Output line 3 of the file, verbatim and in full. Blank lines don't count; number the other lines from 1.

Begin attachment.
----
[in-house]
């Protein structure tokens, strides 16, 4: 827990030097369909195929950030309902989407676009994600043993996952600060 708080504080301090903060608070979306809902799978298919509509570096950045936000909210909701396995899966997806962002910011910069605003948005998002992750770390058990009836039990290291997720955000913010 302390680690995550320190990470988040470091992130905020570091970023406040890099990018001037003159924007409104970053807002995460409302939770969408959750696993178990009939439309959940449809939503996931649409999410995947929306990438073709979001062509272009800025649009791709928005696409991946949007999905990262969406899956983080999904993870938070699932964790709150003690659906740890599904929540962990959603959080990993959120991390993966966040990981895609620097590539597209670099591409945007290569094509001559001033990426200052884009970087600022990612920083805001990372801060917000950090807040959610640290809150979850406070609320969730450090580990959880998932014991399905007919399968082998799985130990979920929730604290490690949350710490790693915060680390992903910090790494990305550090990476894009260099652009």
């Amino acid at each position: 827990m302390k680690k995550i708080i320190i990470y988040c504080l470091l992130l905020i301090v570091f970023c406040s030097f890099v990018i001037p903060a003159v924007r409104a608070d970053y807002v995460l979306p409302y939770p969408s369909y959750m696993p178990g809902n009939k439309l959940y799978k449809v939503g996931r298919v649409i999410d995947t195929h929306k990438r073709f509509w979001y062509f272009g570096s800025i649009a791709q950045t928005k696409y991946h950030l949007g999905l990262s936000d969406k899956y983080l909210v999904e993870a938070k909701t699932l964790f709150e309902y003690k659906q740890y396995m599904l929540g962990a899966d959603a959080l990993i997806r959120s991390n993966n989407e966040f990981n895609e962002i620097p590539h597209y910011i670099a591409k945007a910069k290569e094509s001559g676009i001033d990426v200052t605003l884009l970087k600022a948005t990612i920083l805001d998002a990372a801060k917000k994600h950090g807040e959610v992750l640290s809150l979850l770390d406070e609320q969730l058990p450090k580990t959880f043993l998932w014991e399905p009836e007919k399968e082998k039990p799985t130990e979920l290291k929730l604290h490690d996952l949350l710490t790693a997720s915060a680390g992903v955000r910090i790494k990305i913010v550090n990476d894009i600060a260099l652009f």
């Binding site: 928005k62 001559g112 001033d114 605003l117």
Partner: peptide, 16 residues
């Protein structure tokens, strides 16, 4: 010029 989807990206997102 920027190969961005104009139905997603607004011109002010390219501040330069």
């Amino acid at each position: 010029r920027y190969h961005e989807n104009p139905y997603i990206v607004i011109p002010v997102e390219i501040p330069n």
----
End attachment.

């Amino acid at each position: 827990m302390k680690k995550i708080i320190i990470y988040c504080l470091l992130l905020i301090v570091f970023c406040s030097f890099v990018i001037p903060a003159v924007r409104a608070d970053y807002v995460l979306p409302y939770p969408s369909y959750m696993p178990g809902n009939k439309l959940y799978k449809v939503g996931r298919v649409i999410d995947t195929h929306k990438r073709f509509w979001y062509f272009g570096s800025i649009a791709q950045t928005k696409y991946h950030l949007g999905l990262s936000d969406k899956y983080l909210v999904e993870a938070k909701t699932l964790f709150e309902y003690k659906q740890y396995m599904l929540g962990a899966d959603a959080l990993i997806r959120s991390n993966n989407e966040f990981n895609e962002i620097p590539h597209y910011i670099a591409k945007a910069k290569e094509s001559g676009i001033d990426v200052t605003l884009l970087k600022a948005t990612i920083l805001d998002a990372a801060k917000k994600h950090g807040e959610v992750l640290s809150l979850l770390d406070e609320q969730l058990p450090k580990t959880f043993l998932w014991e399905p009836e007919k399968e082998k039990p799985t130990e979920l290291k929730l604290h490690d996952l949350l710490t790693a997720s915060a680390g992903v955000r910090i790494k990305i913010v550090n990476d894009i600060a260099l652009f």